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Aberdeenshire Antics

Vicky and I visited Aberdeenshire in summer 2008 and had one of the best adventures ever.

I drove up from Lancashire, picking Vicky up in Glasgow and then we headed off, picnic in tow, for 3 full days of stone hunting. Our first site was the wonderful Tomnaverie. I know that some find the reconstruction of this site frsutrating but I liked it! I liked the wee path leading you up to the site, twee as it may be; at least it felt like the site was appreciated and better than it being left to fall into a more delapitated state.

Tomnaverie — Images

<b>Tomnaverie</b>Posted by Vicster

It was around 6pm as we arrived, after a long day's driving and the sky was blue and gold. The atmosphere of this site really got to us; maybe it was the fact it was the first of the journey or maybe I was just reacting to being upright and walking, after being sat in the car for 6 hours, but I loved it. It was all jumbled and confusing, but still magnificent!

From Tomnaverie, we carried on towards our first B&B of the trip, in Insch. Our plan was to stay overnight here and then head out to Archaeolink in the morning - the thought of an archaeology-based "theme park" had amused us both and we had no idea what to expect.

Dunnideer — Fieldnotes

We were staying in Insch for the night, so after a long drive up from Lancashire, stopping en-route to pick Vicky up in Glasgow, we finally saw Dunnideer around 7pm.

As we drove by this most beautiful of sites, a herd of red deer came running down the hill, following a huge stag. We pulled the car over and just watched, amazed by it all. There was just the railway track between us and them. The stag looked across at us, sniffed majestically into the wind and set off again, followed by the hinds. The most Scottish of moments I have ever witnessed!!

The B&B was pretty ropey but the setting was amazing - our room had a wee bench and table outside and we sat and watched the sunset and dusk fall over the hill. It was still light enough to read our maps at 11pm, with a bottle of wine and some bread and cheese to finish it off - just perfect.....

Dunnideer — Images

<b>Dunnideer</b>Posted by Vicster

The following morning we headed off to Archaeolink but decided it was worth stopping off at Stonehead en route. It was a weirdly misty morning but as we aproached Stonehead, the mist cleared and gave way to a beautiful blue sky. As we parked on the road, we stopped and asked the man in the house adjoining the field whether it was OK to leave the car and go into the field and he said it was. So, over the fence we hopped and over to the stones we ran. This is such a HUGE site; it is almost overwhelming, We spent a good few minutes checking out the different possible alignments and Vicky was taking a picture of me against the stones when I noticed a rather frisky herd of cows heading our way; they had been hiding at the bottom of the field and we hadn't seen them as we entered.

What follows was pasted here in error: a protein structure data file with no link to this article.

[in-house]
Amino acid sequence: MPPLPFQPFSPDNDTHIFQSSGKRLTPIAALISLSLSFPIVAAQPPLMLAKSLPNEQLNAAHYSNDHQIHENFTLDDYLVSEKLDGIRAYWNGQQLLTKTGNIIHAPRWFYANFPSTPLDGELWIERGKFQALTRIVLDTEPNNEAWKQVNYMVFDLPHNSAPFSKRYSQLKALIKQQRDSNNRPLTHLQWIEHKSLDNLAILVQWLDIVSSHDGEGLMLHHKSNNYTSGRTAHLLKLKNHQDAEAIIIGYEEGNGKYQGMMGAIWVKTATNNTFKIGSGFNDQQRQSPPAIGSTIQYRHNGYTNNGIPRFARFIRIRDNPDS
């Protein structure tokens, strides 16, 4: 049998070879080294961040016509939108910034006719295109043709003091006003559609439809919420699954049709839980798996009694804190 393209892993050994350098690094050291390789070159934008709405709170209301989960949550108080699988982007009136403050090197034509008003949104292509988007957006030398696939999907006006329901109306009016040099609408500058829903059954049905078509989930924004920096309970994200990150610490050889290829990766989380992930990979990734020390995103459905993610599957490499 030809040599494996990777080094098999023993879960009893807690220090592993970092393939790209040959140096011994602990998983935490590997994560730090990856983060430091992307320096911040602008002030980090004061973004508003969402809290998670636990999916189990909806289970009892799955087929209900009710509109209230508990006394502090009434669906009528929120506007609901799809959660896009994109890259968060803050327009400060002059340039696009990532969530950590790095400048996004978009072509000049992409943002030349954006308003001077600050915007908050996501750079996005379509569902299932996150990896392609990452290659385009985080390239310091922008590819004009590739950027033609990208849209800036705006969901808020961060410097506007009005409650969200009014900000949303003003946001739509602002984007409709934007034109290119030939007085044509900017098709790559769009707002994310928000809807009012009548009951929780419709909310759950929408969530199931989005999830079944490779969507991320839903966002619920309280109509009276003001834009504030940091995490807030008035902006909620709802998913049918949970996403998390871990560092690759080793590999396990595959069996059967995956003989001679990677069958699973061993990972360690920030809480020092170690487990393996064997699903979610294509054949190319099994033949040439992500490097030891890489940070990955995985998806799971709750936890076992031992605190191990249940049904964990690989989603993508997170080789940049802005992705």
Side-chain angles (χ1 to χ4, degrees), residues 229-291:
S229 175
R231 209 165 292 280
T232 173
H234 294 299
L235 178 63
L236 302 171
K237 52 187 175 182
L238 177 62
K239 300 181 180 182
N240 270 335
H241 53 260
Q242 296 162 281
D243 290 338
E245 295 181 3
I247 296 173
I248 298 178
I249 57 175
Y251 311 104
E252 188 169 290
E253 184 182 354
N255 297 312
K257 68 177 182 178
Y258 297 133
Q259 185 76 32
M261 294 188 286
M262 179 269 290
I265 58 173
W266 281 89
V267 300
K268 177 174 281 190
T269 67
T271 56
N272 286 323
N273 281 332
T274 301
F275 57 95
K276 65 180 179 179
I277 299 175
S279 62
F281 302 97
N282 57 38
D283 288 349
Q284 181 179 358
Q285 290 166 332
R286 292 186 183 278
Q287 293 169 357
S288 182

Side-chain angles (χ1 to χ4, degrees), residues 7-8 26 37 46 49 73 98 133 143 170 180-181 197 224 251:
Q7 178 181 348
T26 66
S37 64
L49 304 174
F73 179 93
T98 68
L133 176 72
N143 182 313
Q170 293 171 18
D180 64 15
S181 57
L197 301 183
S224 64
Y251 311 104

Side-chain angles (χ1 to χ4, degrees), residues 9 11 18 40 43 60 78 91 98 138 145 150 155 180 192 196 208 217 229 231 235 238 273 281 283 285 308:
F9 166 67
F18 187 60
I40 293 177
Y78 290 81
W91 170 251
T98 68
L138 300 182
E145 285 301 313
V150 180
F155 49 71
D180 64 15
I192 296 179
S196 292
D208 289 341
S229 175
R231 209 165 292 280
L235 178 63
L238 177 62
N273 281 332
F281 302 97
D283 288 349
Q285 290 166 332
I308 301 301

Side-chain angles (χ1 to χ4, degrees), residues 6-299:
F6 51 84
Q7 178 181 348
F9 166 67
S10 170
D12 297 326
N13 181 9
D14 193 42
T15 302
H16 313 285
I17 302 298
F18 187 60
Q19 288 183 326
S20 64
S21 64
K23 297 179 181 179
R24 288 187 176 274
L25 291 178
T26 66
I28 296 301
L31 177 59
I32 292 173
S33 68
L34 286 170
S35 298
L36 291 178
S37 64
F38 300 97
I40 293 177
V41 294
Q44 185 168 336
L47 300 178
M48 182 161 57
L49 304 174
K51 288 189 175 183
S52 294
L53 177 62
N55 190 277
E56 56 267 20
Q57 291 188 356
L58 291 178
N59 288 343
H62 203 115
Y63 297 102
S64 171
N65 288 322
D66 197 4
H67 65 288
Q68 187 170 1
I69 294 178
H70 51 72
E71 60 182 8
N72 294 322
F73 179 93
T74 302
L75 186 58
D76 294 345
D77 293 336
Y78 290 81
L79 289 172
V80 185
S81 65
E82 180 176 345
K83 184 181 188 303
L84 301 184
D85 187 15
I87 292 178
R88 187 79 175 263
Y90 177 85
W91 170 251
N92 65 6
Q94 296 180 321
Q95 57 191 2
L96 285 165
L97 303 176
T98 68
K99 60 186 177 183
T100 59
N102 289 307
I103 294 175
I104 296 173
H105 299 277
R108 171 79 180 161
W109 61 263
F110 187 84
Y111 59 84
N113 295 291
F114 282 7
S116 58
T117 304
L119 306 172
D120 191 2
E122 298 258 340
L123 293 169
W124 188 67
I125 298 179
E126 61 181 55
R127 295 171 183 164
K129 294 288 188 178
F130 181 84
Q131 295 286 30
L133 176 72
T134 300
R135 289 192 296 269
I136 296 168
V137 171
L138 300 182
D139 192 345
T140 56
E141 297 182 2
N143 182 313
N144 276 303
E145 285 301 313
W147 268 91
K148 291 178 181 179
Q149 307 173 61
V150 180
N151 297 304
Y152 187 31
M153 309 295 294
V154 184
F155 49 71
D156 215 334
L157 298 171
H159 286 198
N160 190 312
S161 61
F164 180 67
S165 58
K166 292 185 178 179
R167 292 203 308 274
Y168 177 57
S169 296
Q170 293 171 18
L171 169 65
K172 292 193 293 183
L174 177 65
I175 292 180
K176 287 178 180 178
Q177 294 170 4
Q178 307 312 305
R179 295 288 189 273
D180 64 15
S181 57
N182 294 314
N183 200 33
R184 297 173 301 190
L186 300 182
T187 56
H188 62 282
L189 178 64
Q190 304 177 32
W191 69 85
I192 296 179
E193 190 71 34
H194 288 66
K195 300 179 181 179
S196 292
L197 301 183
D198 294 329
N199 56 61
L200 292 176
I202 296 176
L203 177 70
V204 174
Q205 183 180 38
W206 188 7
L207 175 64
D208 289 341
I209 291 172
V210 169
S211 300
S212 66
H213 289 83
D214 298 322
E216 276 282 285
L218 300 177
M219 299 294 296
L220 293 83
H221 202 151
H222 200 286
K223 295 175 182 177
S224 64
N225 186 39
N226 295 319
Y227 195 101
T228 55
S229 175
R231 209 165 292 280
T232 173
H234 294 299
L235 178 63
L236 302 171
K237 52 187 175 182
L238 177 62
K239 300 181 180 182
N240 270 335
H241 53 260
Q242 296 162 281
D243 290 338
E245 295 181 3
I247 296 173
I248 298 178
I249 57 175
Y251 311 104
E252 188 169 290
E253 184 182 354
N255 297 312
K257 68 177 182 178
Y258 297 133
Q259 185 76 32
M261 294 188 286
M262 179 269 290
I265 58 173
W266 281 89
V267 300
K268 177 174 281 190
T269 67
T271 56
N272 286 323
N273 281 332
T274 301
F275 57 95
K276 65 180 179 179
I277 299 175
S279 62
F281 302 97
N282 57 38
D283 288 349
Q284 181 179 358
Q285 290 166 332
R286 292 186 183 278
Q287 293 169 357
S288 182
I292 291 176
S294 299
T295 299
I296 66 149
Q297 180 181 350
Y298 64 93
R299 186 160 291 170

Now, I love cows. I really, really like them. A lot. But.....Vicky doesn't. She is a bit nervous around them and, as I saw them heading towards us, I quietly said "don't panic...." She turned round, saw that they were heading directly for her and shrieked! She set off running towards the the trees and I was stood there going "oh, don't run, it''ll be fine, they are only curious". I then turned round and saw them all thundering towards me! I ran too. We had to leg it over the barbed wire fence, only my legs are a lot shorter than Vicky's and I got stuck on the fence. I ripped my trousers and most of my right thigh, trying to get over. When we recovered our dignity, we decided that Stonehead was a site better viewed from the roadside!
We had wanted to try and get up to Dunnideer circle but, with my leg bleeding and thoughts of lockjaw setting in, we headed back into the town to buy a bottle of TCP!

Stonehead — Images

<b>Stonehead</b>Posted by Vicster

Once I had regained my composure and we decided that I wan't going to die from rusty barbed wire poisoning, we headed off for Archaeolink. It was brilliant! If you are ever up in this neck of the woods, I would really recommend that you go. They have reconstructions of stone and timber circles, an iron age round house and bog goddess, mesolithic hunting camps and a fabulous wicker woman. Great fun.

Having played around for a couple of hours, we really wanted to get back to the "real" archaeology, so we headed off to the next site of the day - the wonderfully named Loanhead of Daviot.

Loanhead of Daviot — Fieldnotes

This site was relatively easy to find, being well-signed from the road. Lots of parking and a pleasant enough wall through a wee wooded area before emerging into bright sunshine and the realisation that it was school-trip day! The whole site was swarming with Aberdeenshire school-children who appeared to be undertaking some kind of mathematical experiment!

As this was the one site I had been least excited by the prospect of visiting, it wasn't too much of a downer and I quite liked the fact that they were engaging with their heritage. It did make getting decent pictures a bit of a 'mare though!

The situation is fabulous, with amazing views over the verdant countryside but, like others here, the reconstruction of this site made this a hard one to get too giddy about.

Leaving Loanhead, our next stop was to be Broomend of Crichie.

Broomend of Crichie — Fieldnotes

What, on first appearance, seems to be a grim and desolate spot, behind the petrol station and surrounded by industrial units, becomes a revelation upon closer inspection. There was still enough of this site left to make it utterly charming, if in need of a little TLC. We wandered around for much longer than we had anticipated and (as usual) talked a lot of drivel, wondering and the whys and wherefores of it all. Definitely worth the diversion and a site that sticks in my memory.

Broomend of Crichie — Images

<b>Broomend of Crichie</b>Posted by Vicster

From here, we headed out to what was one of my "must-do" sites - East Aquhorthies. Coincidentally, I once shared a room in Barcelona (on a hen weekend) with a lovely woman, also called Vicky, whose husband farms the land that this site sits upon. She was slightly bemused by my hysterical reaction to this news......

Easter Aquhorthies — Fieldnotes

We arived at the carpark and it was still blazing sunshine and blue skies. The walk up the circle is just lovely, and we mused on the joys of living in such a lush and wonderful place, and did some very amatuer birdspotting! Upon arrival, we were both stopped in our tracks by the colours before us. The stones were just shimmering and the different shades of red were breathtaking.

We spent a long time here, we just could not bring ourselves to leave. We lay on the grass in silence, wandered round gabbling away and gazed at Bennachie in the distance, just blown away by it. I had wanted to come here for such a long time but had also been wary of the fact it is such a showsite, with all that implies;I was worried it would be too clinical but - oh my - this place was just magnificent.